If one ever leaves the hustle-and-bustle of city life and spends some time in the remotest villages of our country, one would know how time runs at two different speeds. It's an entirely different world out there, where opportunities and resources are hard to find.
In 2015, Gautam Bisht, hailing from Dehradun, had just completed his Master's from Ambedkar University, Delhi and started pursuing a Masters in Philosophy degree in Development Practice. During his MPhil programme, an Action Research and Rural Immersion course took Gautam to a Naxal affected tribal village in the Chakai block of Bihar. His course required him to live with the village community for two years, arrive at a research problem and find a solution to it. However, the course turned out to be the turning point in his life.
Gautam, who was living in Delhi, was excited to have his first experience of rural India and take his MPhil degree forward. But the first day he set foot in the village, he was taken by surprise. The village looked nothing like he had imagined.
The Adivasi village was naturally under-resourced and economically deprived, with no forest cover and dried up water bodies. People lived on potatoes and rice for months, with only two meals a day. What pained Gautam the most was the broken relationship between the young people in the community and education. After completing his course, he felt the need to do something. Gautam designed a two-year pilot project to create community learning centres to be run by the local youth. And again, after two years, he decided to make a more prolonged investment of time.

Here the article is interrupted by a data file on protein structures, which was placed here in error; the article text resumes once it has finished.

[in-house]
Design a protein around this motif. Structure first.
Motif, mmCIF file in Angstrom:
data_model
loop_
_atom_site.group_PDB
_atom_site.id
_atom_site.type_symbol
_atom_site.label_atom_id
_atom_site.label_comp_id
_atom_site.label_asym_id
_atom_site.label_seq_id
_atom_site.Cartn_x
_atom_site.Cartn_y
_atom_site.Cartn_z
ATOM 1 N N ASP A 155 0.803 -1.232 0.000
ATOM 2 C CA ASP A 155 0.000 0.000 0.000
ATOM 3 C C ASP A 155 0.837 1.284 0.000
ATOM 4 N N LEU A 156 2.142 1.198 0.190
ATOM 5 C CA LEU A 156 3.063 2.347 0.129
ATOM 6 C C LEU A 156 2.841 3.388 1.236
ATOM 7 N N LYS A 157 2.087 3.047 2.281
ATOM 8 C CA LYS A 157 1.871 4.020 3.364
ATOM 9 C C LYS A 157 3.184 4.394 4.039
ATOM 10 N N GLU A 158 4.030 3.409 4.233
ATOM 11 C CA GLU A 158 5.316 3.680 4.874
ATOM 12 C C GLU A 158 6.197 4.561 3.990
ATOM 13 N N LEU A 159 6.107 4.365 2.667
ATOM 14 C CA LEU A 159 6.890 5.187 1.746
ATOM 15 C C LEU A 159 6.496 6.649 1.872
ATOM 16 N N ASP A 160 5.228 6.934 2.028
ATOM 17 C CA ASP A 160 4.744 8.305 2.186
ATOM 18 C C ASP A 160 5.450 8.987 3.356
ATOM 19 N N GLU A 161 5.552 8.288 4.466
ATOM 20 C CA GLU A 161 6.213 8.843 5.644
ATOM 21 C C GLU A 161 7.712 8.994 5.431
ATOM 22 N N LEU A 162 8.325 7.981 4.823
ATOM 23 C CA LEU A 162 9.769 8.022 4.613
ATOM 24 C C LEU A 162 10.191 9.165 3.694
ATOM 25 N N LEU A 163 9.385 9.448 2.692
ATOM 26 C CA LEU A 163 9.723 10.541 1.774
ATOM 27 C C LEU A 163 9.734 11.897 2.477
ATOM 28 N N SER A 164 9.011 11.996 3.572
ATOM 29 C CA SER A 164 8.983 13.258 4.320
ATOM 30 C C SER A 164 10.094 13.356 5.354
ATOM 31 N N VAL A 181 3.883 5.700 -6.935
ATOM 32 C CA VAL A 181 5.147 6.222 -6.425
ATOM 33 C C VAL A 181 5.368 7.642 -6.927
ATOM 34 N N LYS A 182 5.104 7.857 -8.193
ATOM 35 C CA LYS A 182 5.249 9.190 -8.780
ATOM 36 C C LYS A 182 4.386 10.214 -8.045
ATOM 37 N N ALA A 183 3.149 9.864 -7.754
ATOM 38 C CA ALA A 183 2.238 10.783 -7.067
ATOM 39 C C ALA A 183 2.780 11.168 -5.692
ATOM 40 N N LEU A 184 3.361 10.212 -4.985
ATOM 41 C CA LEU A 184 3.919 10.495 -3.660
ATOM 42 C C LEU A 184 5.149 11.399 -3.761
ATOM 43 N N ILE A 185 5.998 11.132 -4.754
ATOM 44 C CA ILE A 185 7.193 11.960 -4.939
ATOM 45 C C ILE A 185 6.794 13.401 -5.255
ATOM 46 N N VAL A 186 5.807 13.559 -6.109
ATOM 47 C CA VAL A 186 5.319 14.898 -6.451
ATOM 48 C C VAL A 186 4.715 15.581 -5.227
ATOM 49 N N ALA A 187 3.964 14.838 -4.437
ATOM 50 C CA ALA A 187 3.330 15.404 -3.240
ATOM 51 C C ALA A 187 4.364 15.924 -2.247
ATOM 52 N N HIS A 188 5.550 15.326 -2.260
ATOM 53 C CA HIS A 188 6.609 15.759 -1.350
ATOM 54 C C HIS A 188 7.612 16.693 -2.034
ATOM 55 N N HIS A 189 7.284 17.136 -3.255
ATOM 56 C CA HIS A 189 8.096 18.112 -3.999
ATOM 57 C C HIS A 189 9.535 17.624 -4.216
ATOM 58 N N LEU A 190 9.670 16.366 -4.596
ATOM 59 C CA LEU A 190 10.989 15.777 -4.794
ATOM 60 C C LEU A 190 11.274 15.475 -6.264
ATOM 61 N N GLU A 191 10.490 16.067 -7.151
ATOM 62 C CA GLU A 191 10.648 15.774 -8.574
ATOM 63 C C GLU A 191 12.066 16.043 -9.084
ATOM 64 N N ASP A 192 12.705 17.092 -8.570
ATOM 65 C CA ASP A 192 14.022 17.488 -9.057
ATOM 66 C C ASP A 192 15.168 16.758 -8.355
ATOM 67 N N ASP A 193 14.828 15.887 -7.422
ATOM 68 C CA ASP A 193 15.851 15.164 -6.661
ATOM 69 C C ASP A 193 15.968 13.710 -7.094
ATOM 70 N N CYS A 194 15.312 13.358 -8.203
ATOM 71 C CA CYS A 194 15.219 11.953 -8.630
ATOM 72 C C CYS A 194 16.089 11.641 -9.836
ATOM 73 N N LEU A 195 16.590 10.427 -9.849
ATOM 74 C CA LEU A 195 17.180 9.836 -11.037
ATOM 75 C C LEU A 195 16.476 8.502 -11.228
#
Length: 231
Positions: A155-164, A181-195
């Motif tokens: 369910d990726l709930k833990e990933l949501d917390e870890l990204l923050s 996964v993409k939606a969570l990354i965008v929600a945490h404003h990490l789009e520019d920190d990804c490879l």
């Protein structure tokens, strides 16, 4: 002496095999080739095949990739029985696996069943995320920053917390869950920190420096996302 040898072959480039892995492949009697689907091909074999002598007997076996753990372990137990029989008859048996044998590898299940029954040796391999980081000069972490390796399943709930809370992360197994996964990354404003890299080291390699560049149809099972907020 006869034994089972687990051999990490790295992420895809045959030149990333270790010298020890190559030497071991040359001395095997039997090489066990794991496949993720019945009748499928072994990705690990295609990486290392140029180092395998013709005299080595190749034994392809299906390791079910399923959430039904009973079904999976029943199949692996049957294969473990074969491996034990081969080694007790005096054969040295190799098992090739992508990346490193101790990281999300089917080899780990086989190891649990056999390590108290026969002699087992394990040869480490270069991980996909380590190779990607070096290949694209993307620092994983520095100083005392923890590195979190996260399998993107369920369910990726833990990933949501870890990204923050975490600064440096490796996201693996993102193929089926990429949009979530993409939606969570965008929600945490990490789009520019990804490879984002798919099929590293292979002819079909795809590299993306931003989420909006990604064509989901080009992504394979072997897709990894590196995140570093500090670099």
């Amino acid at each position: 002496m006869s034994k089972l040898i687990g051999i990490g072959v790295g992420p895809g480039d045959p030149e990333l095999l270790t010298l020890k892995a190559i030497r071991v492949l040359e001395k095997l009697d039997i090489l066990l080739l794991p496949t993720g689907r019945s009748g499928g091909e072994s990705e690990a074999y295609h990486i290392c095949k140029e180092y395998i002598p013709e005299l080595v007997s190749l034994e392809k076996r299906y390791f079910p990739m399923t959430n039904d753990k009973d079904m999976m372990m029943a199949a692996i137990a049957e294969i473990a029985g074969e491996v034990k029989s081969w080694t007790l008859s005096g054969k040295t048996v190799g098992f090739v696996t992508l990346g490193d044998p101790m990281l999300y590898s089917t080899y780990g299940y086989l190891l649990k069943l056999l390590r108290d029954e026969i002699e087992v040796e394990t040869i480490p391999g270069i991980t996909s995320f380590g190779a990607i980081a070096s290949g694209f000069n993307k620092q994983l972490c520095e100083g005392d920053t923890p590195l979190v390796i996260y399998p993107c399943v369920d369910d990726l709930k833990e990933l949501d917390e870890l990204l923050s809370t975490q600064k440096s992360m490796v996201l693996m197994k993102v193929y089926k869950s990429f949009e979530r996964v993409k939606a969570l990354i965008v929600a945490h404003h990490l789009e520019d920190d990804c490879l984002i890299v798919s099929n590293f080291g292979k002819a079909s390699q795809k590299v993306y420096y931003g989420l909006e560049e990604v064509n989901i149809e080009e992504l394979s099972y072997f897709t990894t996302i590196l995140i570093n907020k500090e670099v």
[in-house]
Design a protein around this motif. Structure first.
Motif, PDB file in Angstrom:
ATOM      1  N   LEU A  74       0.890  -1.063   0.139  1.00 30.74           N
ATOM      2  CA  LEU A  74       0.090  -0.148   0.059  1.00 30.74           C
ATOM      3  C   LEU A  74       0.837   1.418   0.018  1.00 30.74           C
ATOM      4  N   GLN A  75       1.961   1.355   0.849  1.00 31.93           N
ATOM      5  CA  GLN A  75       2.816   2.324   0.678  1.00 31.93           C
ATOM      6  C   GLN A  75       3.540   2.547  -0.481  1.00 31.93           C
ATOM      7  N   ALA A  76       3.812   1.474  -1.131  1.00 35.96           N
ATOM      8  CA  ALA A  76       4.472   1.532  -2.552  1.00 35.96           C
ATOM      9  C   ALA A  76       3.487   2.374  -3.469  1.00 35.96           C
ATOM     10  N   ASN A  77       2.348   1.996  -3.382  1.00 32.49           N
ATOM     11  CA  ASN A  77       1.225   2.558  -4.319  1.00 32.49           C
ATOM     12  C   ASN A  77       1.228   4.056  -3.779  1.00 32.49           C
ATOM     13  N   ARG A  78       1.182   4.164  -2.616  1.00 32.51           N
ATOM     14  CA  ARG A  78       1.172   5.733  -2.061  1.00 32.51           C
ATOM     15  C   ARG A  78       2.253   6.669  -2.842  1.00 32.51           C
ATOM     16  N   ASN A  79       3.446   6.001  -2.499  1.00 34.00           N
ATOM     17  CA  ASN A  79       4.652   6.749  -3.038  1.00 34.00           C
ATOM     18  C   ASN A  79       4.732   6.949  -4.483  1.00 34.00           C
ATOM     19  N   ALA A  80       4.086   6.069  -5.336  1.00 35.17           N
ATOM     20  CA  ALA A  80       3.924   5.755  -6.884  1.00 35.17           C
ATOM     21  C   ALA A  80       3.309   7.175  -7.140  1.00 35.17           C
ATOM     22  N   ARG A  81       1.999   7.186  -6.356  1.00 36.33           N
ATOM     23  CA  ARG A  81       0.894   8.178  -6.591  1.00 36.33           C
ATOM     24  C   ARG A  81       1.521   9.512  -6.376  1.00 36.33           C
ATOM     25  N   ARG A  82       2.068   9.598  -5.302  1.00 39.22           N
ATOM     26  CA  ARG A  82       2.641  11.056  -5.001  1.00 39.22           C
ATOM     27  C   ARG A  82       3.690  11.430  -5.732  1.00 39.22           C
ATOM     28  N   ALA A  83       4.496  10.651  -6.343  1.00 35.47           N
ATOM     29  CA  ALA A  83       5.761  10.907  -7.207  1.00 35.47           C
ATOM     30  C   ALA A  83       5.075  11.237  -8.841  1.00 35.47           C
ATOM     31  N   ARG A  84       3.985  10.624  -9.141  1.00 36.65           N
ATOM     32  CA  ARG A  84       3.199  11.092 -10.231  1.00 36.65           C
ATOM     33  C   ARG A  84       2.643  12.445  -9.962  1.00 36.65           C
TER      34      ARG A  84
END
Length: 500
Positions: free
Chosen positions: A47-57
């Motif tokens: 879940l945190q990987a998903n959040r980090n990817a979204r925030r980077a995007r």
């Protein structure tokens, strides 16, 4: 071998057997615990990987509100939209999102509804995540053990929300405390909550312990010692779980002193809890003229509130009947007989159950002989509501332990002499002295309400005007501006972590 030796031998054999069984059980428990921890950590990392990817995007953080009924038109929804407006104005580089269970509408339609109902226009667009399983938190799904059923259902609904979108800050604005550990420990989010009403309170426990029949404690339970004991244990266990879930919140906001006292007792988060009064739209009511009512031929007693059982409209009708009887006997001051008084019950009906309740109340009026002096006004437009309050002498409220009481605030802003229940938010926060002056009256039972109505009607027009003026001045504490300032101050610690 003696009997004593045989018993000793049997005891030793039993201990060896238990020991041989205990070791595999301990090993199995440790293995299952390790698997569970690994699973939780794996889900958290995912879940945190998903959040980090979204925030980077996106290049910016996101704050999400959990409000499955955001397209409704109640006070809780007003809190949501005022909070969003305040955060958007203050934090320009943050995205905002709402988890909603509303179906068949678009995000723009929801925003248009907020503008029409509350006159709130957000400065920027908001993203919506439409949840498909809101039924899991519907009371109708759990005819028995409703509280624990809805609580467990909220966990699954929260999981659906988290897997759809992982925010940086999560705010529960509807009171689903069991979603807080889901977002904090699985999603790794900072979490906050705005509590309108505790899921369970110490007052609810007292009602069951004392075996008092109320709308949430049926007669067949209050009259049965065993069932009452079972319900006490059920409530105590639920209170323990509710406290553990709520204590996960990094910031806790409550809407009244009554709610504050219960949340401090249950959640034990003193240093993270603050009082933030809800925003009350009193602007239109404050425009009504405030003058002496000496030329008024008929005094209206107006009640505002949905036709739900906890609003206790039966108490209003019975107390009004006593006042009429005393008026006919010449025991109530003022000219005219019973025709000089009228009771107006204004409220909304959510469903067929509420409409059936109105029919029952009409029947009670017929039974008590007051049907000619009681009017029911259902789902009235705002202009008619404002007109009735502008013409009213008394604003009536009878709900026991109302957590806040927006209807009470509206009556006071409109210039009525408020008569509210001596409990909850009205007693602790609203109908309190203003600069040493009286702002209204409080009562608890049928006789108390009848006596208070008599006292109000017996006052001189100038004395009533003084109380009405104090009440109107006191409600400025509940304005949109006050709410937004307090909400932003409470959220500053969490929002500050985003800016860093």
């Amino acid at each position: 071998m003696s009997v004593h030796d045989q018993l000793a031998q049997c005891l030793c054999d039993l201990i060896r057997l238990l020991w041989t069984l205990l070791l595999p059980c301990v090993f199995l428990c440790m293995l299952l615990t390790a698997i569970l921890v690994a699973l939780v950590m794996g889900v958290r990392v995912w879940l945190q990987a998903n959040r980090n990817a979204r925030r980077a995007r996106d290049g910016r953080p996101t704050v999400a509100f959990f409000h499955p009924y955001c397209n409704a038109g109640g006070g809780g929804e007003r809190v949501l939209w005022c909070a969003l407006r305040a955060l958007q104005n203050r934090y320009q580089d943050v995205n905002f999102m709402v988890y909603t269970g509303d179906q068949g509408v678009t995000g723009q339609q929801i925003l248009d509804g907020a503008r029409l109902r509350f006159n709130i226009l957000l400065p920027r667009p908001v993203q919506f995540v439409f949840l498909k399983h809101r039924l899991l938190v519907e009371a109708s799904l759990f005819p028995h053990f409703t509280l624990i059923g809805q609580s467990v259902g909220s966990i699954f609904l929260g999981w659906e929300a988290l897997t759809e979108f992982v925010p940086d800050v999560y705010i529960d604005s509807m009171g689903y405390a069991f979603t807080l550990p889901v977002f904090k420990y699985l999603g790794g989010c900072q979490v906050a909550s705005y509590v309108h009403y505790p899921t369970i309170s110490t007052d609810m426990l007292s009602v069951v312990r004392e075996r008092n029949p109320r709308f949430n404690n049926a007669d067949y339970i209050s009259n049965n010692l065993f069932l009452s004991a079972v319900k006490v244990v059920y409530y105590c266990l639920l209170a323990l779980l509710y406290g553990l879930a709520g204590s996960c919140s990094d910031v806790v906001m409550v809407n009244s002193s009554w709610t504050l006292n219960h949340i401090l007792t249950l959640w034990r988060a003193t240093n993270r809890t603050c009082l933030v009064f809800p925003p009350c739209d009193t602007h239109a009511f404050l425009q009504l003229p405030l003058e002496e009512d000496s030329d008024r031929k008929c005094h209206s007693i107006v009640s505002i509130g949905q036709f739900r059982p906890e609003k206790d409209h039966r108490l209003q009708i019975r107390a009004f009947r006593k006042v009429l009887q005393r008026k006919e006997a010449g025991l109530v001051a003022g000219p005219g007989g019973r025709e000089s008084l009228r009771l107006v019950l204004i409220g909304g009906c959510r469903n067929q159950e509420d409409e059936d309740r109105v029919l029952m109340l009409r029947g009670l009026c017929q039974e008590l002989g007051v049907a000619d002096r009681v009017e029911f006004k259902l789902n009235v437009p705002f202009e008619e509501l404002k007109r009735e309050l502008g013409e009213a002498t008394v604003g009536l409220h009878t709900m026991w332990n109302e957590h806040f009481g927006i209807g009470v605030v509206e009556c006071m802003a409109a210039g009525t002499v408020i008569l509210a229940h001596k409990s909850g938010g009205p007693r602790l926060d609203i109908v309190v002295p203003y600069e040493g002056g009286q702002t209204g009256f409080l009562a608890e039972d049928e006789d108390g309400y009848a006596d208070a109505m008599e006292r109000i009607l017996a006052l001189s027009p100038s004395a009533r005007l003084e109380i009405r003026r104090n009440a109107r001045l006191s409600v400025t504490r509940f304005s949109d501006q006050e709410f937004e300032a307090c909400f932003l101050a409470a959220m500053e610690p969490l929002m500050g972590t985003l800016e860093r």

Birth Of Sinchan
Finally, in 2019, Gautam and Shuvajit Chakroborty, a development practitioner, started Sinchan Education and Rural Entrepreneurship Foundation, or simply Sinchan Foundation. It is a not-for-profit organization that works with the community youth to design contextual learning frameworks and build rural entrepreneurial ecosystems.
"Adivasi community suffers from the highest school dropout rates in the country. We see it as a failure of a system to account for their cultural resources. That's what we want to change," said Gautam, who is pursuing a PhD in Learning Sciences at Northwestern University.
The organization wants school systems to be more accommodating of what the Adivasis already know, rather than imposing a new curriculum or pedagogy on them. They have documented the local foods and herbs that are only known to the Santhal community of that region.
"We are trying to build evidence of the tools that we create that they work, and we would like to advocate the government to use them," Gautam told The Logical Indian.
The organization also uses the IVRS technology to bridge the digital divide and communication gap between a classroom full of Santhali students and the teachers. The technology requires the students who do not have smart-gadgets to send a missed call to a particular number and receive pre-recorded video or audio lessons created by the teachers. The lessons are creatively made with songs, stories, painting, dances, music, and conversations to make learning more fun for the tribal kids.